Pizza vs. Beer – Bottoms Up Pizza owner takes issue with future Stone Brewing Co. restaurant space

by | Feb 24, 2015 | POLITICS

“We’re not coming into town to put anybody out of business,” said Craig Spitz, Chief Financial Officer of Stone Brewing Company during Monday night’s City Council meeting.

“We’re not coming into town to put anybody out of business,” said Craig Spitz, Chief Financial Officer of Stone Brewing Company during Monday night’s City Council meeting.

Him and Dirk Graham, owner of Bottoms Up Pizza, politely went back-and-forth in front of the council expressing opposing viewpoints on Stone Brewery coming to Richmond.

“My restaurant is 5,000 square feet, this is a 30,000 square foot restaurant,” said Graham. “It’s six Bottoms Ups in one.” Graham went on to talk about the potential effects of the Brewery on other restaurants in the downtown area.

“For every tax dollar you think you will generate from this project, you will lose that from [other businesses] that will be lost,” said Graham

Stone Brewing Co. is expected to open a massive brewery and restuarant location along Richmond’s Riverfront. Stone said they could bring as many as 400 jobs and $20 million in spending getting the business up and running.

The council was voting to amend the details of the official agreement between the City and Stone Brewery to transfer land essential to bringing the new massive brewing operation to Richmond.

Council voted to push the decision to a special meeting on March 2.

The agreement would give the former Intermediate Terminal Building from the city to the Economic Development Authority in order to facilitate the Brewery’s riverfront restaurant phase.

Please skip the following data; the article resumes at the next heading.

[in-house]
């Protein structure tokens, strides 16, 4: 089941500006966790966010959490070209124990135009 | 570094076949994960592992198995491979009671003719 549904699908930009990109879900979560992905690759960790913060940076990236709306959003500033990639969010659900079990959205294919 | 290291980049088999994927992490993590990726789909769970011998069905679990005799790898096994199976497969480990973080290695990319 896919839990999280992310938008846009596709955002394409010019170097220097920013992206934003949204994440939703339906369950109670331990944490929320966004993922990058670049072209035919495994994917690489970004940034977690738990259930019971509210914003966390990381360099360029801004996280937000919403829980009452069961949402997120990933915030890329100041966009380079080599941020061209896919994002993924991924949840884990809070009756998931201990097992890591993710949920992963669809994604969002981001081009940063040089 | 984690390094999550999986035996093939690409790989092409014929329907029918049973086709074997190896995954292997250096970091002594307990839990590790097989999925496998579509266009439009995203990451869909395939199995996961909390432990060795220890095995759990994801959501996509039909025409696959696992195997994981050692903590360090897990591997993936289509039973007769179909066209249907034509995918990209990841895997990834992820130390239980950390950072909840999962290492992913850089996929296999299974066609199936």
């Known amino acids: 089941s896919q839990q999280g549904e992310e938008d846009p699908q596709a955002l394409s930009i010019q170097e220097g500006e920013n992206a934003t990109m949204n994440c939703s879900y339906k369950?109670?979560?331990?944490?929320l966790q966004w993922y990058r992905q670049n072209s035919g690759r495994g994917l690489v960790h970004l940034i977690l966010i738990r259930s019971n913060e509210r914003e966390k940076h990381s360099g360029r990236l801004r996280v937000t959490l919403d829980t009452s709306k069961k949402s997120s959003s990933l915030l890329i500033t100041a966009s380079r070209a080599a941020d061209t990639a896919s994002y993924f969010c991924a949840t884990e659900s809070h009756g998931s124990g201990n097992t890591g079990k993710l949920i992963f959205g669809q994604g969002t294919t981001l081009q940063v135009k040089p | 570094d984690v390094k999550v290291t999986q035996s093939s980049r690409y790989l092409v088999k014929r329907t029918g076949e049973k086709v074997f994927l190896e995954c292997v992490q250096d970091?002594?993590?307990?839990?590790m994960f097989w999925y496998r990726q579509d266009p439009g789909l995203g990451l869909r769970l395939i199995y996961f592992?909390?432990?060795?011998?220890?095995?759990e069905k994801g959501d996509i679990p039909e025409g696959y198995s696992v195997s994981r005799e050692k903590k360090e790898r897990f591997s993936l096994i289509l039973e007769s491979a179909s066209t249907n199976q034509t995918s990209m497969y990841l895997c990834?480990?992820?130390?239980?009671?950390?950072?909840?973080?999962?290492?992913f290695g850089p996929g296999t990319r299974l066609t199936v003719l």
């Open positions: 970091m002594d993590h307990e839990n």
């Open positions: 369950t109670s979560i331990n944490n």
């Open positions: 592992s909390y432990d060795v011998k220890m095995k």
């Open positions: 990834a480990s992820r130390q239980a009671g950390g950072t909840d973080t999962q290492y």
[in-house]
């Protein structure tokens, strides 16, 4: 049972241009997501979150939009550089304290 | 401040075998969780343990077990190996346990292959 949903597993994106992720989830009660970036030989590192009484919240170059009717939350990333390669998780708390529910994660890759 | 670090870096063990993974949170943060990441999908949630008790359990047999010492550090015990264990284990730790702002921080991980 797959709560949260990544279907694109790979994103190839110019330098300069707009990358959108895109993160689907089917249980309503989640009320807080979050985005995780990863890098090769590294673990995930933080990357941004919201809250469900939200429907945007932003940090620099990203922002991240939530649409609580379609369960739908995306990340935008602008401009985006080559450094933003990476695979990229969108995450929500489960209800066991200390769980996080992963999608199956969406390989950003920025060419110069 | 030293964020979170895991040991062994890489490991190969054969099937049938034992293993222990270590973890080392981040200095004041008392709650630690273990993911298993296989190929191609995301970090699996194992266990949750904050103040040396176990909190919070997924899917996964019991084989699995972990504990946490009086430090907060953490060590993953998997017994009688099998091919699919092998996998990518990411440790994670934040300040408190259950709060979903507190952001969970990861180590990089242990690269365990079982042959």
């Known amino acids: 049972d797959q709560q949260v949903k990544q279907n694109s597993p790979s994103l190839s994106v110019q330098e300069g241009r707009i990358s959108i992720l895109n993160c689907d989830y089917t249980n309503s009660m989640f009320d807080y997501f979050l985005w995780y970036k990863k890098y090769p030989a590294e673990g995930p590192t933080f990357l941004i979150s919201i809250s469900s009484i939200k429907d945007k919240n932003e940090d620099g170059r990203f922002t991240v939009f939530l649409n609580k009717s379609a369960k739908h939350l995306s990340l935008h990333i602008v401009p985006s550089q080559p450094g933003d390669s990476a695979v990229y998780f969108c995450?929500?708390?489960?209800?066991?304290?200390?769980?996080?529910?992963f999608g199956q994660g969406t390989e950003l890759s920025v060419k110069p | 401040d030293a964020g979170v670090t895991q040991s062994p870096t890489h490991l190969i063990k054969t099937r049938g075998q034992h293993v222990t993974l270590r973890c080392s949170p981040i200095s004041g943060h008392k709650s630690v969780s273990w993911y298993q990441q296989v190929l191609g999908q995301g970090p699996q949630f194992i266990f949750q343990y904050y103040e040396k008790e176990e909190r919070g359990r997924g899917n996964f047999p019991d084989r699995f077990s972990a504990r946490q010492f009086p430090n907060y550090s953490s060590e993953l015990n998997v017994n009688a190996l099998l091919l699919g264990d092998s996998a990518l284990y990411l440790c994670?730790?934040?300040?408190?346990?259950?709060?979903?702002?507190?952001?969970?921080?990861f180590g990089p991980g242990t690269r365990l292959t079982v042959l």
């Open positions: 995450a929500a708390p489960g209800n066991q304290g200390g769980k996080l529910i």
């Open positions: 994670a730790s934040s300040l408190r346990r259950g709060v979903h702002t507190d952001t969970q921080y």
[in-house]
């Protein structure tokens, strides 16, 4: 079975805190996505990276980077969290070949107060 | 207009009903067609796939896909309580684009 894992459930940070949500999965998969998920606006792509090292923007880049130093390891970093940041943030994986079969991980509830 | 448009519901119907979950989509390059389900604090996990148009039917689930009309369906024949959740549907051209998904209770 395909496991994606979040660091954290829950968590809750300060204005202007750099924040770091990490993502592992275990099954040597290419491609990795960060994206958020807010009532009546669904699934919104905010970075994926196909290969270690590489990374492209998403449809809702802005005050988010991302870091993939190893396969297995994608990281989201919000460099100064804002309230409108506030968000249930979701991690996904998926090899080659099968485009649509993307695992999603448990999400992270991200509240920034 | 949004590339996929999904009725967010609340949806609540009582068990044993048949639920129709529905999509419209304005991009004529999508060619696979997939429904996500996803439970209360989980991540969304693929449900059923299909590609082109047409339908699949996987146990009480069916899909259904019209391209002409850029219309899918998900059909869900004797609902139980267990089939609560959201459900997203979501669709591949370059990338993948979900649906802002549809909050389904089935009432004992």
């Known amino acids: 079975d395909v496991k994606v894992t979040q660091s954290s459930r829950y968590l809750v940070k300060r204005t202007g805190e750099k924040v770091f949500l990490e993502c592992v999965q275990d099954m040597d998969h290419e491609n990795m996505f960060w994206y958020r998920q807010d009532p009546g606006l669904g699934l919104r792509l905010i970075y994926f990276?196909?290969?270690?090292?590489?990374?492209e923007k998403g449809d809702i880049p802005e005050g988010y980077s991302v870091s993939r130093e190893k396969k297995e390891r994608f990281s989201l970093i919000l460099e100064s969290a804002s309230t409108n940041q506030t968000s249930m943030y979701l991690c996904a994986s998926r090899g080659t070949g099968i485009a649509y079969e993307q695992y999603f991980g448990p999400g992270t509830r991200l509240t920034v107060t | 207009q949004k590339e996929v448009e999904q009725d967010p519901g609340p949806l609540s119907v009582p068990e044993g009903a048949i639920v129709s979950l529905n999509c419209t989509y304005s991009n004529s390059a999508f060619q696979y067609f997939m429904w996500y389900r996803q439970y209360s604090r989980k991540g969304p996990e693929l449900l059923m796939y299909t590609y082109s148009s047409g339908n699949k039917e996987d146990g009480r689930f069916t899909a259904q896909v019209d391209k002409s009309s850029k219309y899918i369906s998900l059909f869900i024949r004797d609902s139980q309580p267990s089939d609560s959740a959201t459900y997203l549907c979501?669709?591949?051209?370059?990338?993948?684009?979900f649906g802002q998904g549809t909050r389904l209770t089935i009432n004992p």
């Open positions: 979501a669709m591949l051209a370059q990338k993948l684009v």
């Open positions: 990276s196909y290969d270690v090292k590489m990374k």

The project will have the EDA convert the building, currently valued at $1 million, to a riverfront restaurant and beer garden. The terminal has sat dormant for decades. The project is estimated at a cost of $8 million dollars.

This ordinance’s original patron was Councilman Parker Agelasto, but the amendments were the work of the council as a whole. Two council members made an unpublicized trip to Stone Brewing’s San Diego facilities.

Councilwoman Cynthia Newbille paid for her own trip, but Ellen Robertson’s trip cost the public $1069.24.

Also pushed to a future Council Meeting was an agreement on how revenues from the development could be used. The agreement was an amendment to the original resolution allowing Stone Brewery to come to the area. The resolution received heavy scrutiny by a few represented at the meeting, most vocally from Bottoms Up owner Graham.

But not all public comment was against Stone.

Jon Ondrak, the Chief Operation Officer at Fulton Hill Properties, the local development group linked to the project, spoke after Graham.

“Every dollar that will be generated by Stone Brewing will be returned twofold in rent and taxes,” said Ondrak. “That’s a massive investment in the city over 30 years. That’s not anything that I think deserves any further contemplation.”

When Ondrak asked those who were there in support of this project to stand at the end of his comment, about half of the remaining audience stood up. He indicated that more people had been present earlier but left confused, thinking the resolution would be moved to the next meeting without public comment.

One of the many supporters of the project that followed Ondrak was Craig Spitz (green sweater, image below), the CFO of Stone Brewing. The CFO urged the council to move forward on the land use so that Stone Brewery can order brewing equipment that has a long lead time.

He also reminded the council the reason that the city is developing the project is so Stone Brewery can sign a lease agreement for the next 30 years.

“I’m not coming in with the financial wherewithal to build my own brewery and build my own restaurant,” said Spitz.

Earlier in the public comment period, perennial city council activist Chris Dorsey forcibly pushed his camera into Spitz’s face.

Dorsey was then ejected from the meeting.

Another ordinances, asking for the Mayor to move funds from the Shockoe Infrastructure Improvements project in the budget to the School Maintenance project, was also pushed to the March 9 meeting.

Brad Kutner

Brad Kutner

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